I was wrong last week but I don't want to talk about it.

Liralen said...

Most recent? I was wrong in my opinion about Uncle Al, which was actually more of a guess than an opinion, since I didn't use to understand what he said.

But a very good point, Dr. Hossenfelder. Unfortunately, I think that the ability to change opinion when presented with new evidence defines the difference in political parties, at least here in the US. Almost by definition.

JimV said...

This post was not about Trump other than as an example of what not to do, and I wish he had not been mentioned at all due to the boring arguments that will ensue (perhaps it was thought no Trump defenders would show up on a science blog, since Trump is a climate-change denier, thinks "clean coal" means coal is washed after being mined, and so on). Such as:

It is my understanding that the last big Trump construction job was the Trump casino in Atlantic city which was never finished and for which construction workers and other service workers were never paid, due to Trump declaring bankruptcy; after which almost no one would lend him any more money for construction except the Russians, who supported his campaign with a lot of dirty tricks in quid pro the quo of his supporting their actions in the Ukraine; that what he has actually done is sell his name to be placed on a lot of constructions that he had little or nothing to do with; and that his successful presidential campaign was based on racism (his "birther" nonsense against President Obama), lies about how he would build walls and give coal-miners and factory-workers their jobs back, and most of the press deciding that since he was obviously not a fit candidate and certain not to be elected, they might as well show bi-partisanship by focusing on Hillary Clinton's flaws (real and perceived); as well as James Comey's last-minute, unprecedented, and ill-founded announcement.

My feeling about Trump before the election was that he would make a terrible President. He could have proved me wrong, but I think history will be on my side.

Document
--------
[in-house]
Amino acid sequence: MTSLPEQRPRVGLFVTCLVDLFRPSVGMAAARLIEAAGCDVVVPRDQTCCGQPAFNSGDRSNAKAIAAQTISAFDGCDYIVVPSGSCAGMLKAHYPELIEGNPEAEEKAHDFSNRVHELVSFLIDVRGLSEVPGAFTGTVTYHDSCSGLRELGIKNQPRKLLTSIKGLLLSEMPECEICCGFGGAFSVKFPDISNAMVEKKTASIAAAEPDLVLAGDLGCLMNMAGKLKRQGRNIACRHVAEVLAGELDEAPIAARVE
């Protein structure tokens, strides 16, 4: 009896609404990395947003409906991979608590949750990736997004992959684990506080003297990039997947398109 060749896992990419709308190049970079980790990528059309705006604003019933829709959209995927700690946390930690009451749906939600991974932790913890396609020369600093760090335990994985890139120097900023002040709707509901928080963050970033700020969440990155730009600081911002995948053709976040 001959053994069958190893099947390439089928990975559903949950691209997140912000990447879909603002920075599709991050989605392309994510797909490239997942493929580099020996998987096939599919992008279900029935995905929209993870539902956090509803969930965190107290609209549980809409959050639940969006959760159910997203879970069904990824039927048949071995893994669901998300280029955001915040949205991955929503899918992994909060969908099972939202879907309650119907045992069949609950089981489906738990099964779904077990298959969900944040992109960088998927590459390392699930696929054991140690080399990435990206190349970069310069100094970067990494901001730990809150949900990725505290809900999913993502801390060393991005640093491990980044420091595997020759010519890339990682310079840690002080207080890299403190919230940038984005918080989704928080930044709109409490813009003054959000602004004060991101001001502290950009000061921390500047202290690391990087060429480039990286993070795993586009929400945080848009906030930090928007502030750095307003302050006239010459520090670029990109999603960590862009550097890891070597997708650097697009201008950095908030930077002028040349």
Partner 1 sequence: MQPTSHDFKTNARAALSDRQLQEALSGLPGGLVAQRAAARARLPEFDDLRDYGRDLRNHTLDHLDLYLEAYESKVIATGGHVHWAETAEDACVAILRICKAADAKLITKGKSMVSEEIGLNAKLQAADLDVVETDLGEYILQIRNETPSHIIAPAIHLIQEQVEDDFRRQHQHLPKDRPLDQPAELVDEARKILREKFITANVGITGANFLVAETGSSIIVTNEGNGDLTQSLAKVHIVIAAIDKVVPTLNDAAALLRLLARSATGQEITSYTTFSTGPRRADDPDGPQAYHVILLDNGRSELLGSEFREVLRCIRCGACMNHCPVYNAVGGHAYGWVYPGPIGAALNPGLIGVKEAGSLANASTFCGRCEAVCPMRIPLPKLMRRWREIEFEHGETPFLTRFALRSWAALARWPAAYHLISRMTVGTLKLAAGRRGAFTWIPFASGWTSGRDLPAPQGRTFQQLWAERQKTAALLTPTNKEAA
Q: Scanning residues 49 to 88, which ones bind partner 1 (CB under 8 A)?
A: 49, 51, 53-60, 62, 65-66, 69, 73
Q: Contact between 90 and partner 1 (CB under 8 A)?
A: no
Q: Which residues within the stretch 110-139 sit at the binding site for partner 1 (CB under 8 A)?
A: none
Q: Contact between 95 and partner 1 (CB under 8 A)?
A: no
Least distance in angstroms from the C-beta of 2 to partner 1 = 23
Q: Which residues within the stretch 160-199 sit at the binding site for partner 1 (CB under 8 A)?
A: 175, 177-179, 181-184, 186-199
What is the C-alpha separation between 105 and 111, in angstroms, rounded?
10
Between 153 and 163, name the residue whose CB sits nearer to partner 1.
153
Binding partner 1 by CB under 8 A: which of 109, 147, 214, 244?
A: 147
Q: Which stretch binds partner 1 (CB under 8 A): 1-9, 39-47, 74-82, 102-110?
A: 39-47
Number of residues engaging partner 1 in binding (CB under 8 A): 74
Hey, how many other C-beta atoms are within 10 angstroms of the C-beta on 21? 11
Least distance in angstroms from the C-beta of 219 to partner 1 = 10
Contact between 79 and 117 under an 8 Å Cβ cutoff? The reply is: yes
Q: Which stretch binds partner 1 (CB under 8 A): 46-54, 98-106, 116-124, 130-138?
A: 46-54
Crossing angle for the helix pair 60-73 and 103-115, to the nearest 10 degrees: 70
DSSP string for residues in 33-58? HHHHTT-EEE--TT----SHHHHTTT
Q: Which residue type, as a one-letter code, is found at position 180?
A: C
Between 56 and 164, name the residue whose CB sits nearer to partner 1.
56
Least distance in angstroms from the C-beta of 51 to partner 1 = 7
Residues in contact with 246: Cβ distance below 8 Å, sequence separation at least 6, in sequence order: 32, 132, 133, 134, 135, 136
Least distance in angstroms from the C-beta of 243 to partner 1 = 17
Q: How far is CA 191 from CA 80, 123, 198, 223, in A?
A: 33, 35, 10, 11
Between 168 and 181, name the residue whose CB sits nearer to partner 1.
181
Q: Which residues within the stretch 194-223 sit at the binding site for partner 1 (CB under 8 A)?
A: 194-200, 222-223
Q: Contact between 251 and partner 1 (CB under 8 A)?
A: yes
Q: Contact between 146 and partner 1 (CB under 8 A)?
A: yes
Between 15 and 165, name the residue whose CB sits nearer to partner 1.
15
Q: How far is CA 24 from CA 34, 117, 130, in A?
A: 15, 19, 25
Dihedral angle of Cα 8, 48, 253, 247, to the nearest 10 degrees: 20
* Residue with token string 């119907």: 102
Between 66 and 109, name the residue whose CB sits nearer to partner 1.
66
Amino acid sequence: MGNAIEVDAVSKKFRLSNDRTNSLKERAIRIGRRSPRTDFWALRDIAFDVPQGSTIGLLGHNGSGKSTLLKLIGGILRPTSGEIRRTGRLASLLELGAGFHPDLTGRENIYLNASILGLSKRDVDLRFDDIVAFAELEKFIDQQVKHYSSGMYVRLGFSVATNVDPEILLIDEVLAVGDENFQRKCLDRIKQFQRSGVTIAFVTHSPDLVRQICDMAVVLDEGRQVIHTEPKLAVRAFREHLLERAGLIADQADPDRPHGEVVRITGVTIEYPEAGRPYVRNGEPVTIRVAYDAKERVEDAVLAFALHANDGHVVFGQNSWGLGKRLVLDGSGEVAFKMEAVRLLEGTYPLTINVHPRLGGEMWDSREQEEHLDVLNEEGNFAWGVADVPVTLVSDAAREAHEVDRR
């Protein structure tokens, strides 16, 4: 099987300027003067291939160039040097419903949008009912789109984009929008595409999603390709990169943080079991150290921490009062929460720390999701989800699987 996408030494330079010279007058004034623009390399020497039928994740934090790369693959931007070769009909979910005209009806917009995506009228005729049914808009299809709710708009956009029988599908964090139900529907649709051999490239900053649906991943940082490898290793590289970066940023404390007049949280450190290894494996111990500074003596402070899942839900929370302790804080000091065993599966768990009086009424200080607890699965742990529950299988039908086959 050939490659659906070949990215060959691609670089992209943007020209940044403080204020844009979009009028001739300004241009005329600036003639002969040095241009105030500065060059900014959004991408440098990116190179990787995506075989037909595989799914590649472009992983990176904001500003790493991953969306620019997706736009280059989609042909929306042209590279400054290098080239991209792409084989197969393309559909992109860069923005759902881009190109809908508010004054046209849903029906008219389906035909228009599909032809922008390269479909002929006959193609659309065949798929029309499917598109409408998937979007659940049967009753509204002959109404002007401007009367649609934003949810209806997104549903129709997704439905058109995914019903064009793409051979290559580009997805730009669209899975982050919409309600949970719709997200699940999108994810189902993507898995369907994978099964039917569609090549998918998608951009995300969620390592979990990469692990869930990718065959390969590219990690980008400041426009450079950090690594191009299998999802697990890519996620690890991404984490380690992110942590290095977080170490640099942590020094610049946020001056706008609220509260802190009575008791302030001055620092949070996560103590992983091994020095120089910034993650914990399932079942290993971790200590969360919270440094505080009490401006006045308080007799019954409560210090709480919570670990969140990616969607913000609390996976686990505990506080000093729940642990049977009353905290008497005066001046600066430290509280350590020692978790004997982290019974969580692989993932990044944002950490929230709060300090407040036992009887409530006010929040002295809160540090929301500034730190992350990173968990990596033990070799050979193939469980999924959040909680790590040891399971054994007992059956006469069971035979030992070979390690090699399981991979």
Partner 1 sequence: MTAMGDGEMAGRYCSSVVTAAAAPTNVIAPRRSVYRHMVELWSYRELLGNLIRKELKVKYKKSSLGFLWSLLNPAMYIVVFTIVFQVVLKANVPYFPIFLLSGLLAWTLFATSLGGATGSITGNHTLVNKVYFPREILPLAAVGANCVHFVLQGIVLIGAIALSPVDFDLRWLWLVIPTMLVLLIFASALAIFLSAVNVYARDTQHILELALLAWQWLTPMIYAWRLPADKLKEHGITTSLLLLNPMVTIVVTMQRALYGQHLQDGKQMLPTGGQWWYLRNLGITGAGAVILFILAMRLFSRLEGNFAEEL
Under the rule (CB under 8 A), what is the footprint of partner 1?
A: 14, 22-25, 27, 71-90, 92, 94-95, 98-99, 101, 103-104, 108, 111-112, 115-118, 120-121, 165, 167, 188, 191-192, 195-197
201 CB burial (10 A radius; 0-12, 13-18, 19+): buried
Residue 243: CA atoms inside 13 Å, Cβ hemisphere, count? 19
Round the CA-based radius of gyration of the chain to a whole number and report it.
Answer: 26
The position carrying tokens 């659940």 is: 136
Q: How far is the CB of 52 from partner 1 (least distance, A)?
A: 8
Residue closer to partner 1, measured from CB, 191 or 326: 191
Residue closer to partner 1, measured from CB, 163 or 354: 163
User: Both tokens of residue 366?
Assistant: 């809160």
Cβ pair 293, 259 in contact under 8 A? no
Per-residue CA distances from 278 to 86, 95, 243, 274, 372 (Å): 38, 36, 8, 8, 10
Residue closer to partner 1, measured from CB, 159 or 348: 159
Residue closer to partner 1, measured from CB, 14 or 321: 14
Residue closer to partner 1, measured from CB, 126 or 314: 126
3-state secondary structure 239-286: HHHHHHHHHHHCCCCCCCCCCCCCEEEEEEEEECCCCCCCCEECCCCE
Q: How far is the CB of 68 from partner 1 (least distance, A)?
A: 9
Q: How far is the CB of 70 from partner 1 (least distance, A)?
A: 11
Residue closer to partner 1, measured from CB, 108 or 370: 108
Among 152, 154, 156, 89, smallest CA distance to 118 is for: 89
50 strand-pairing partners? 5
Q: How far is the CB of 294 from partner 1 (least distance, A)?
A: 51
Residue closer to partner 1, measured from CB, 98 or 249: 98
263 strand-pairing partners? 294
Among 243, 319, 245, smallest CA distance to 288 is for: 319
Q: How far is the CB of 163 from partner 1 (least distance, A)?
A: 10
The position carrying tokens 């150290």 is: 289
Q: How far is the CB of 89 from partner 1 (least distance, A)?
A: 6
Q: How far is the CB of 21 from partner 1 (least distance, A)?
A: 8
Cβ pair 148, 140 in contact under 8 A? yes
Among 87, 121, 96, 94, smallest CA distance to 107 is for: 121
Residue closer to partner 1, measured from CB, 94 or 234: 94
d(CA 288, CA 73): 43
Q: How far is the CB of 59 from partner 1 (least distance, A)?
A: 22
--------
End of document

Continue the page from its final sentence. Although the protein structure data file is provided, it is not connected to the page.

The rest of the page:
What am I wrong about? (To return to the subject.) Not about that, but I have long had a feeling that the ancient Greeks were right about the universe being discrete instead of continuous, and that continuous calculus is just a convenient and good approximation to what are really finite-difference equations (for natural laws). I could be wrong about that. (I could also have been wrong to rise to the bait about Trump here.)

Jeff said...

I don't actually believe that Trump "changes his mind" a lot. And I'm not here to make jokes about his mind either. I think his "changes of mind" are a rhetorical technique, and therefore not worthy of the amount of thought you put into this.

Topher said...

I totally agree with the overall message that humans need to work against the natural instinct to hold on to beliefs too long. But there are at least two important caveats. Change your mind based on reliable information or re-examination of your original thoughts, not just based on what seems socially acceptable at the time. And keep in mind the reasons for your original opinion. New data is not always more valid than old data. Flexible thinking is strong while rigid thinking is brittle.

I used to think that instant runoff voting would be a great system to adopt more widely, but now I much prefer range voting. (I voted for Obama 9 years ago because he had supported IRV in Illinois.) But I still think either system is far better than plurality, and that the 3rd-party spoiler effect makes a two-party system a stable equilibrium and hence contributes to the political polarization and us-vs-them thinking so prevalent today.

Liralen said...

I agree with Jeff about Trump. Trump is a con man, and those of us Americans who know it are appalled that others have fallen for it.

But I think Dr. Hossenfelder has made a good point regardless. Being able to admit you were wrong is liberating.